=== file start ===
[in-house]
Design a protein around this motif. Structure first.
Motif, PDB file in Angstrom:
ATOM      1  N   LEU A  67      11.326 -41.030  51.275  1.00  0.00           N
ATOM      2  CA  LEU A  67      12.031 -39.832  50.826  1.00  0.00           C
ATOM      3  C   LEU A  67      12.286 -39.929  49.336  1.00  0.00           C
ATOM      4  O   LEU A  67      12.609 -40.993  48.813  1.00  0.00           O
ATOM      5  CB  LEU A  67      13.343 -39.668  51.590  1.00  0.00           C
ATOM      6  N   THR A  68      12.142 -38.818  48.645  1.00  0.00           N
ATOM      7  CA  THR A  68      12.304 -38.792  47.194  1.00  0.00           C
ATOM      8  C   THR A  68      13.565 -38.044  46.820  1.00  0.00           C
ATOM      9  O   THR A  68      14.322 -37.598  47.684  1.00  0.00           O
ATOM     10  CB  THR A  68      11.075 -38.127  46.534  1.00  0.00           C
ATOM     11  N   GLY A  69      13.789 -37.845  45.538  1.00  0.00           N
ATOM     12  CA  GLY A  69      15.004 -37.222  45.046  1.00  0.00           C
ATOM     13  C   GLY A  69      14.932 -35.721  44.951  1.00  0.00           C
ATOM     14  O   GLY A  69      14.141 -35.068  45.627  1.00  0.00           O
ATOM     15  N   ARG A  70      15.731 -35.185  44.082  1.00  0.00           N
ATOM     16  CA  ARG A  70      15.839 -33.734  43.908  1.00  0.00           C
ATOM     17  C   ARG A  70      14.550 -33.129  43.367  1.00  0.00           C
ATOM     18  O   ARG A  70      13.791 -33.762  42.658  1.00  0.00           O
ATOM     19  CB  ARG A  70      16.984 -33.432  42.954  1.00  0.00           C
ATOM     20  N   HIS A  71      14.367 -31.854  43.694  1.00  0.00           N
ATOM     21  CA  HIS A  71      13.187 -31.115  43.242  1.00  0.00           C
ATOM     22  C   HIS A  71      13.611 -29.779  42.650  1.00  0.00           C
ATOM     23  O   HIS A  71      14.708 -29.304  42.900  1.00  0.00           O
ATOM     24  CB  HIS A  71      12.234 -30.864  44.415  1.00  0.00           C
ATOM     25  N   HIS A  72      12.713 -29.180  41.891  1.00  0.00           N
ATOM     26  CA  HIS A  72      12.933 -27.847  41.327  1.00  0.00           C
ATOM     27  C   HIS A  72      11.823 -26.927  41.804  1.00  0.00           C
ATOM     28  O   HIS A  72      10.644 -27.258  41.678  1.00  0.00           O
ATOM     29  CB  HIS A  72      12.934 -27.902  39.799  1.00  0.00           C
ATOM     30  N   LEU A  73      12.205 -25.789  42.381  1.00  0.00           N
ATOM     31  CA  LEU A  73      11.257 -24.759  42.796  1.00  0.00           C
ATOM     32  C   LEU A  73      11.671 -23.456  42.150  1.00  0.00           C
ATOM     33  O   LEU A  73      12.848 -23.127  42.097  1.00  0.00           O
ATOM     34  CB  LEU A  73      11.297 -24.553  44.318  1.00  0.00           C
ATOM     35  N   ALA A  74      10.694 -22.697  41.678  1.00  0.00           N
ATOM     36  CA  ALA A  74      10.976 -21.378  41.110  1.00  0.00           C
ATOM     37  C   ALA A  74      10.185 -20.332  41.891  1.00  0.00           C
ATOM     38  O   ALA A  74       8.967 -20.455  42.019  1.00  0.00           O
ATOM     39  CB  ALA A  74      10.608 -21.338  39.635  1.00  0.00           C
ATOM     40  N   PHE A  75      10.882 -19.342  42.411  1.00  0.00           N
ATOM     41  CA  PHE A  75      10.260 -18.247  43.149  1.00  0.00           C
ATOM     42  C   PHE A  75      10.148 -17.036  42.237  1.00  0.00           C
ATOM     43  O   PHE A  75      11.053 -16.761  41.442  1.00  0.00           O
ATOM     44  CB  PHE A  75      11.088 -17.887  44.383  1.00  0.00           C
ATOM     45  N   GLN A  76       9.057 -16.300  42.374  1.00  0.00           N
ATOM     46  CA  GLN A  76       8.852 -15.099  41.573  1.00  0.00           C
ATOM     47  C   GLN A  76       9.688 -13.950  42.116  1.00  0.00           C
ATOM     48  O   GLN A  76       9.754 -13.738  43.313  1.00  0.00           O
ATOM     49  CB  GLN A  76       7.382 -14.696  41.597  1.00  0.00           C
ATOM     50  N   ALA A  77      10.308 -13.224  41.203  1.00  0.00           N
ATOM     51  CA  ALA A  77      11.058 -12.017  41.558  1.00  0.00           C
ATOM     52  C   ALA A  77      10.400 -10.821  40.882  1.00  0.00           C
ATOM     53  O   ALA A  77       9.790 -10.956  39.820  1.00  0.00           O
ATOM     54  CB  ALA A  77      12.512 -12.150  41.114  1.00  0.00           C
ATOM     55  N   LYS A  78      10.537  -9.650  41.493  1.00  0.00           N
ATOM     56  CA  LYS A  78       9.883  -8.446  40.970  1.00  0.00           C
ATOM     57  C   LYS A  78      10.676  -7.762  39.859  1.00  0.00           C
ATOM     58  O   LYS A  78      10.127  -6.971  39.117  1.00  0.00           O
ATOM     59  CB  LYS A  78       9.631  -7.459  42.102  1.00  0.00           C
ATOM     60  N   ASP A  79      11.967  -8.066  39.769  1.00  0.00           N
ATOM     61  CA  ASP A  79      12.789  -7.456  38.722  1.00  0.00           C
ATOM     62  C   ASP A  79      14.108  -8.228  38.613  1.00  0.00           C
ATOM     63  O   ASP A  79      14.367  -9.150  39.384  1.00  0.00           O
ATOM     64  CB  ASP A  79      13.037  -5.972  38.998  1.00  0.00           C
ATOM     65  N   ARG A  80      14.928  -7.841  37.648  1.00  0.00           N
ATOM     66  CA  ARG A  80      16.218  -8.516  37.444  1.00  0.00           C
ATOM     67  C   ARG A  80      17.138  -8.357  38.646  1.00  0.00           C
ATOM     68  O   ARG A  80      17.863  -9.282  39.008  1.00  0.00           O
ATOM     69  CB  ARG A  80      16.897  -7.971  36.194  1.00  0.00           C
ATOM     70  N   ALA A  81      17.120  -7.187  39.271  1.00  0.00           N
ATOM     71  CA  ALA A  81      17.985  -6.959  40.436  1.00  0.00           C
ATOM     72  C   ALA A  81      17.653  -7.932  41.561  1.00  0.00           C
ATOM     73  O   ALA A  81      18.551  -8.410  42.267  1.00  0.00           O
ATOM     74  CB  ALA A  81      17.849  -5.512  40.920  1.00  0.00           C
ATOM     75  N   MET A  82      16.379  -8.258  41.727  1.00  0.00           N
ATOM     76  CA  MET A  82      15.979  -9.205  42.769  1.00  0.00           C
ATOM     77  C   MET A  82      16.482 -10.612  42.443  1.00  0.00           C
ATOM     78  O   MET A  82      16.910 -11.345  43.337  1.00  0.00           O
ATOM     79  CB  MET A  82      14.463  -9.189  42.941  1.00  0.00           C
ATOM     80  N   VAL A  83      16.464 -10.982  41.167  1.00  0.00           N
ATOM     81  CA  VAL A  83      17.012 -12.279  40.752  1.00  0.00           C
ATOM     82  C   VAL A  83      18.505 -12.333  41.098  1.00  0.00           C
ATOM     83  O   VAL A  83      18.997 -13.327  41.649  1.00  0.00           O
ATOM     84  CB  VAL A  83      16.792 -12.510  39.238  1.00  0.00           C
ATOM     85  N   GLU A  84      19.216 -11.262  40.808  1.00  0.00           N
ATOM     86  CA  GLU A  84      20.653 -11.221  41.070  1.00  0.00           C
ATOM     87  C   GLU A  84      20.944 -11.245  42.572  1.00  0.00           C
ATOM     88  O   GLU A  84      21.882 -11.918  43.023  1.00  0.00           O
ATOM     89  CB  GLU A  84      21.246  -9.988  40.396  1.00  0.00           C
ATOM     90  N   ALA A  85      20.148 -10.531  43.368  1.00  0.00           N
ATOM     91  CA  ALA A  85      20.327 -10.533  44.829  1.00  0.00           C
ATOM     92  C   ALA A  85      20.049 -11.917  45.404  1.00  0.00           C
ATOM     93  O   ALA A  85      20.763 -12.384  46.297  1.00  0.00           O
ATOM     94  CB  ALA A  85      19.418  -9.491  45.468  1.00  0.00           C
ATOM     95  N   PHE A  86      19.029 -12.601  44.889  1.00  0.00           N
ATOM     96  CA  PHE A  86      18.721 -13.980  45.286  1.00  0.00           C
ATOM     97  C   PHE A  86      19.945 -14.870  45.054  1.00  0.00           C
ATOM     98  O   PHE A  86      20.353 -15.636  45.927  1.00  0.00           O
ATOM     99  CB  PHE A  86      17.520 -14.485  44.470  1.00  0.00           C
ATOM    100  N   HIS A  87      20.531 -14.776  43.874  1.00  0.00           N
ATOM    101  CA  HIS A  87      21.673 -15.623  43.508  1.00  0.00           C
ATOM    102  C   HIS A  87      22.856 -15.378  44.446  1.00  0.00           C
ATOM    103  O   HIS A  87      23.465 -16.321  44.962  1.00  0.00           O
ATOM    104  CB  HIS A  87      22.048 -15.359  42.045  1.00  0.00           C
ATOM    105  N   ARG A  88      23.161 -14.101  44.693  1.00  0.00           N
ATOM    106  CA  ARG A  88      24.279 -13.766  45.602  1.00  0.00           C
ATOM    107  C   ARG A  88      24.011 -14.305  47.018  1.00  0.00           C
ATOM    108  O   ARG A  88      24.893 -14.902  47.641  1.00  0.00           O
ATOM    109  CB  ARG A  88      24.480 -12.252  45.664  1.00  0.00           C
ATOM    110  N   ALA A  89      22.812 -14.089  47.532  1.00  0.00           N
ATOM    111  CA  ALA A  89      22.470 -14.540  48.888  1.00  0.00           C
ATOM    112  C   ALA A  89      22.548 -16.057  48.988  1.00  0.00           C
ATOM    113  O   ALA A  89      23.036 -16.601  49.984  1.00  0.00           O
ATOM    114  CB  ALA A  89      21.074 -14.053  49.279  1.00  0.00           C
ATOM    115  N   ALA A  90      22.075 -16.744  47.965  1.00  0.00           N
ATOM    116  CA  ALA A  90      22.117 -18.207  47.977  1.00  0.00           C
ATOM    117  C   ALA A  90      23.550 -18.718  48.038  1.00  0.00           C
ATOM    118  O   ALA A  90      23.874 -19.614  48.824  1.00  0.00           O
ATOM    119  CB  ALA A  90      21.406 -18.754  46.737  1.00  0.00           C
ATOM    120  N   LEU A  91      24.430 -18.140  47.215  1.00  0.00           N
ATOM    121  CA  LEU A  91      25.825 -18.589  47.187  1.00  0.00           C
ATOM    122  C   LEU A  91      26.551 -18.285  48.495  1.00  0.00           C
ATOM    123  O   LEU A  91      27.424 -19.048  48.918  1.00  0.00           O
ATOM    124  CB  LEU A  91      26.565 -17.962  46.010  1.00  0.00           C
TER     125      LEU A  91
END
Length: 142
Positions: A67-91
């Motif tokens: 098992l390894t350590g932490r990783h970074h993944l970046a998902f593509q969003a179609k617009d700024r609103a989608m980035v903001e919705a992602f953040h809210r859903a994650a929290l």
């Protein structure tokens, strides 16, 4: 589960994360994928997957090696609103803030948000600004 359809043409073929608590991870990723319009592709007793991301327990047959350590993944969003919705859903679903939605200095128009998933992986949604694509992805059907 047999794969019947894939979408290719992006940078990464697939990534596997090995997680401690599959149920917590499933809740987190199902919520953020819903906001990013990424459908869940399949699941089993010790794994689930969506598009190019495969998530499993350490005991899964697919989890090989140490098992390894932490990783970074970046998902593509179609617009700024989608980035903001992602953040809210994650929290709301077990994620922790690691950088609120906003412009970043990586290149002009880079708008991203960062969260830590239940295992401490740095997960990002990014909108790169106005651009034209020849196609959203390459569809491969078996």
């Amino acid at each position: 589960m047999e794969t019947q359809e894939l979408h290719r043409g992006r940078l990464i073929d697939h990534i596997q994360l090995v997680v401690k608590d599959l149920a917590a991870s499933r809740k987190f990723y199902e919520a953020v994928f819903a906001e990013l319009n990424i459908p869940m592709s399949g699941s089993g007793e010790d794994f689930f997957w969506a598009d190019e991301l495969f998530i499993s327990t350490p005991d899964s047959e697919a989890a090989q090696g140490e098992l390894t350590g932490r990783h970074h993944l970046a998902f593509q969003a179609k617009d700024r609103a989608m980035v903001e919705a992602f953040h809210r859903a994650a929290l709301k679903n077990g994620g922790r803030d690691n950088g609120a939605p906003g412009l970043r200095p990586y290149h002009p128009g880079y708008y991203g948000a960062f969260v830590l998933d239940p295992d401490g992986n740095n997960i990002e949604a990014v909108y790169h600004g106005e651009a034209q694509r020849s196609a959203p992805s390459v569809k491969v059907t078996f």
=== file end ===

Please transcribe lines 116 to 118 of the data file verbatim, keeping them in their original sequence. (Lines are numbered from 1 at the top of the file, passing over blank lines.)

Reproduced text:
ATOM    113  O   ALA A  89      23.036 -16.601  49.984  1.00  0.00           O
ATOM    114  CB  ALA A  89      21.074 -14.053  49.279  1.00  0.00           C
ATOM    115  N   ALA A  90      22.075 -16.744  47.965  1.00  0.00           N